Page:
As literature comes out of life and feeds back into it, in an endless circularity, the big question is: how can we create a great literature that is true to us and yet universal, how do we pull off what might seem to some (think Saul Bellow) unthinkable – an African literary alchemy, making literary gold out of all that richness and chaos and suffering and beauty and joy.


About Ben Okri

Ben Okri is a poet, novelist, short story writer, essayist, aphorist, playwright, and writer of film-scripts. His writing challenges perceptions of reality. He is also a cultural activist.

He was born in Nigeria and came to England as a child. He went to school in London and returned to Nigeria with his parents on the eve of the Nigerian Civil War. The war made a defining impact on his life. He finished his secondary school education and wanted to study physics and become a scientist. But he was deemed too young then for university and that summer he read his way through his father’s library and found his true vocation. He began writing at a very early age. He began with poetry and then published articles and essays about the living conditions of the poor in the slums of Lagos. Then he wrote short stories and eventually what was to become his first novel, ‘Flowers and Shadows.’

In 1978, Ben Okri returned to London. He studied comparative Literature at Essex University. Two years later he published his first novel; and in 1982 came his second novel, ‘The Landscapes Within.’ He went through a brief period of homelessness. In 1986 came ‘Incidents at the Shrine’, a collection of stories that won him prizes and enhanced his reputation. In 1988 a second collection, ‘Stars of the new Curfew,’ cemented his reputation as a powerful new voice. But it was in 1991, with the publication of ‘The Famished Road’ that he attained international stature.

The Famished Road won the Booker Prize that year. It was the first Booker Prize winner to go straight to number one in the paperback bestseller lists. The novel has been highly influential in the decades since its release. When President Clinton went to Africa for the first time, he quoted extensively from The Famished Road. The novel was also the inspiration behind ‘Street Spirit’ by Radiohead. Recently it was one of the novels cited in an episode of American Dad. It has inspired paintings, music, classical music, plays, films, and dances. It has now been re-issued as a Vintage Classic.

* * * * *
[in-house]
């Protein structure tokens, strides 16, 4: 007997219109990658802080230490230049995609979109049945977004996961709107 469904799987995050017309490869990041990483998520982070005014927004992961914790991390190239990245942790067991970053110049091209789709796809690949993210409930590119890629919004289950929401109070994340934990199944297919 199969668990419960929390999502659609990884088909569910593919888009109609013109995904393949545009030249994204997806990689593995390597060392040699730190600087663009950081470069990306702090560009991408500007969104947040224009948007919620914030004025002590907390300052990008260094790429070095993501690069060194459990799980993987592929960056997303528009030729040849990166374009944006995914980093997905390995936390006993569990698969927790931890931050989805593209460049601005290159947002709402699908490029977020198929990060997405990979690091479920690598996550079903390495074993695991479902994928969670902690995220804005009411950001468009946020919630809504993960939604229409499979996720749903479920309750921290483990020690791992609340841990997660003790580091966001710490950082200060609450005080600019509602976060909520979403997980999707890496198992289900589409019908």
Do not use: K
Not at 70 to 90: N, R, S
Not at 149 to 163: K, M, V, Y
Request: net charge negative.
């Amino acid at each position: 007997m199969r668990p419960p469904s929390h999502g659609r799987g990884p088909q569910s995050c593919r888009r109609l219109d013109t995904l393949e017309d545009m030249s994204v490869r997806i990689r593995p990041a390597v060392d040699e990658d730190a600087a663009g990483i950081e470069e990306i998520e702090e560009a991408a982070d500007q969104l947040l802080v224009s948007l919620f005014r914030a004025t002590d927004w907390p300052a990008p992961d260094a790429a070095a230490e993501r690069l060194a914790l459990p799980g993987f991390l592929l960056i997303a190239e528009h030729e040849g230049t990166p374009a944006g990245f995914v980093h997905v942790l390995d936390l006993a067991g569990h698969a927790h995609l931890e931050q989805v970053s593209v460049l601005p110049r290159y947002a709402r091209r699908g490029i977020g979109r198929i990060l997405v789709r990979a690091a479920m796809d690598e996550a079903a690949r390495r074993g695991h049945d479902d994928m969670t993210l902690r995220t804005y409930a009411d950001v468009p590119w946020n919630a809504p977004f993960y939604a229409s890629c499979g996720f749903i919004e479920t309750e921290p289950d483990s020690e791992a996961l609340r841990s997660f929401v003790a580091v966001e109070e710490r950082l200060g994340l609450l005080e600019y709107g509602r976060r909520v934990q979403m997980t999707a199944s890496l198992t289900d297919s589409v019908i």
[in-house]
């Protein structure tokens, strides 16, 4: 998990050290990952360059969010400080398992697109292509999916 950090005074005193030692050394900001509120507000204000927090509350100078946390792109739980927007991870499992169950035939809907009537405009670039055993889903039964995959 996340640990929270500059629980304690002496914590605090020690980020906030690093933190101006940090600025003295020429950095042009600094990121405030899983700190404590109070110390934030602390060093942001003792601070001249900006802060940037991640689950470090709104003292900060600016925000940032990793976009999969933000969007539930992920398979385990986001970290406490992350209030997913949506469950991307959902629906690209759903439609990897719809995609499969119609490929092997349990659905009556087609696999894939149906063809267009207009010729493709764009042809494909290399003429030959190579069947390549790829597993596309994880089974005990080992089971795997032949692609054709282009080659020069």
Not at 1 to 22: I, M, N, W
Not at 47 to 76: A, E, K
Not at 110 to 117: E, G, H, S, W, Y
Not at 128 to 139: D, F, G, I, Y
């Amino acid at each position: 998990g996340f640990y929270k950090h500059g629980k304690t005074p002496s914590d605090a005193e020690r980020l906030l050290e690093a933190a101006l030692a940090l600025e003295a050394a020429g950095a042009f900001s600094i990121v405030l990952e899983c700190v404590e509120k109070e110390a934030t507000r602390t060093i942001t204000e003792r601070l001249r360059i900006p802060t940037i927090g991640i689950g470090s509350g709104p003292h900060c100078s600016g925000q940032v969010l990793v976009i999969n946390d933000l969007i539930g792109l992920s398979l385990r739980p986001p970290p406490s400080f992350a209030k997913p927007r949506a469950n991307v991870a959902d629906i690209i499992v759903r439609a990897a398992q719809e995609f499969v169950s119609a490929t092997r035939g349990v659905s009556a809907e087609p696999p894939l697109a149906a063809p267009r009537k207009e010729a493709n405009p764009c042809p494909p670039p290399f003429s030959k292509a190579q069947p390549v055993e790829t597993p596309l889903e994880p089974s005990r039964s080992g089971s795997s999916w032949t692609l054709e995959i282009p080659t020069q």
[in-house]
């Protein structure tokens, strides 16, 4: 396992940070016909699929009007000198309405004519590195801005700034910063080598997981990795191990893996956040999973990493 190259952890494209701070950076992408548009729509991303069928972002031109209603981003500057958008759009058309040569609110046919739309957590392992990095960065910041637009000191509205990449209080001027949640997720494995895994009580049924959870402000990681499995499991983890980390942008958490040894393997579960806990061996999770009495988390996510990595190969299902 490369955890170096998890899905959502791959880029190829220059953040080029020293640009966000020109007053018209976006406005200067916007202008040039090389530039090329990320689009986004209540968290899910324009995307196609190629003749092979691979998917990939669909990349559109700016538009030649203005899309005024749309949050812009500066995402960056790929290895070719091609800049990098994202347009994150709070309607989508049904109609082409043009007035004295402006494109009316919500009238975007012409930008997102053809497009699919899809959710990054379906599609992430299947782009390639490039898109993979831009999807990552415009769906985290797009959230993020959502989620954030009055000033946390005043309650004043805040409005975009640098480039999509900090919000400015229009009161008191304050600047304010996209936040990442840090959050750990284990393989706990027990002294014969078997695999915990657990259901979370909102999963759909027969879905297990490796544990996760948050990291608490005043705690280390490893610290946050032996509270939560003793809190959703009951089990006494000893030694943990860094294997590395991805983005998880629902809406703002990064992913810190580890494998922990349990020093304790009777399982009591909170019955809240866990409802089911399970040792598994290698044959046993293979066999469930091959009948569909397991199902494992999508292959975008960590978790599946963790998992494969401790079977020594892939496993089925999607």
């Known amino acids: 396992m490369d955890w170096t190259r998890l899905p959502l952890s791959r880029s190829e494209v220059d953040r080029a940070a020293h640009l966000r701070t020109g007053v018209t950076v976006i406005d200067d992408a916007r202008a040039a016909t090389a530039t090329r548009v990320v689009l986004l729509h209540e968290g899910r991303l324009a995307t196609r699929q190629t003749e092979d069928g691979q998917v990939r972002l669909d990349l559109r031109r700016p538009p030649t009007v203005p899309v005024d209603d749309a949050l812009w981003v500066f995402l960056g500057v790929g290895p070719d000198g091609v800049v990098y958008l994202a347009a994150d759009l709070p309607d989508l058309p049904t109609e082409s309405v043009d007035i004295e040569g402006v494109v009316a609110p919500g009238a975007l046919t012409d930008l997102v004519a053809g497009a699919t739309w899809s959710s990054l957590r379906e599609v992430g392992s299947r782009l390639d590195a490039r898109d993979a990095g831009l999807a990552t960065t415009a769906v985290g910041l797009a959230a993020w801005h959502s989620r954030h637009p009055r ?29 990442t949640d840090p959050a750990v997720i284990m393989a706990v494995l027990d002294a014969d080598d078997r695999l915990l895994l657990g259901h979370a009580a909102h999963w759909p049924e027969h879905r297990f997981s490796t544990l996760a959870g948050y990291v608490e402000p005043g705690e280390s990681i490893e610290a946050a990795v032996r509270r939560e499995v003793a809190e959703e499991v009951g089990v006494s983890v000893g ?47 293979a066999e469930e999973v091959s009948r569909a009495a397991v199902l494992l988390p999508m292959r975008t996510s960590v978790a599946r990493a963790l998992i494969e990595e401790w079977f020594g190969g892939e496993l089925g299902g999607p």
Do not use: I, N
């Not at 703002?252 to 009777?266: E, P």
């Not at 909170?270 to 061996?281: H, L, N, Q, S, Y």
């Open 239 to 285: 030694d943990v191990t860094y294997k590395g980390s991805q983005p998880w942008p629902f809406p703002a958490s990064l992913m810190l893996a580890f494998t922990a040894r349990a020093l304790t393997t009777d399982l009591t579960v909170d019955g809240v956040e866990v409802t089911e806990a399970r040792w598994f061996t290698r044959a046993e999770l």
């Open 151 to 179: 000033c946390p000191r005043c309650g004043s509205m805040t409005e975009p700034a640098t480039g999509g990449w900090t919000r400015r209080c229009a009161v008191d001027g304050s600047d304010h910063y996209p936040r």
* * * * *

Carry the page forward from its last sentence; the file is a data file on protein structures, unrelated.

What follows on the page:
‘The Famished Road’ is the first book in The Famished Road Trilogy, which included ‘Songs of Enchantment’ and ‘Infinite Riches.’ Since then there have been many novels, books of poems, collections of essays.

He is also widely known as a poet. He thinks of himself as primarily a poet, and he maintains that his artistic response to life expresses itself most naturally through poetry.  His first book of poems, ‘An African Elegy,’ contains some of his best known poems, including the title poem, which is a set text in schools, and  ‘ To an English friend in Africa.’ His epic poem, ‘Mental Fight,’ has been widely read and embraced. Quotations from it are a regular on the internet. ‘ Wild,’ published in 2012, is perhaps his most diverse and life-affirming volume of poems. His most recent collection of poems, ‘A Fire in my Head,’ to be published in January 2021, contains some of his most famous and highly charged political poems. One of the poems, ‘ Grenfell Tower, June 2017,’ was listened to over 6 million times on the Channel Four Facebook page.

In 2009, he invented a new form called the Stoku, which is a cross between a short story and a haiku. This was first displayed in his book ‘ Tales of Freedom’, now re-titled ‘ The Comic Destiny,’ which featured thirteen stokus. Quotations from his work are popular and have appeared in television series like Criminal Minds.

His essays have also been widely read and influential. ‘ A Way of being Free,’ published in 1997, contains some of his best-loved meditations on the power and magic of storytelling. And ‘ A Time for new Dreams,’ published in 2011, was the titular mascot of Grace Wells Bonner’s exhibition at the Serpentine in 2018. It was also a personal book recommendation by the great artist David Hammons in a New Yorker profile of him in 2019.

Ben Okri has written film scripts and plays. He wrote the text to Peter Kruger’s film ‘N: The Madness of Reason.’  The film won the 2015 Ensor Award for Best Film. He is co-writing, with Peter Kruger, the film script adaptation of his novel, ‘The Age of Magic’. He has also written a play called The Outsider, an adaptation of Camus’s famous novel, which was performed to full houses at The Coronet in September 2018. The play won the 2018 Offies Award for Best Theatre Production. In 2020, his play, ‘Madame Sosostris,’ was performed again to full houses at the Pullof Threatres in Lausanne, Switzerland.

Ben Okri has been a Fellow Commoner in Creative Arts at Trinity College, Cambridge. He was also Visiting Professor of Literature at Leicester University. He is an honorary Fellow at Mansfield College, Oxford.

In 2019 his novel, ‘Astonishing the Gods,’ was selected as one of the BBC’s ‘100 novels that shaped our world.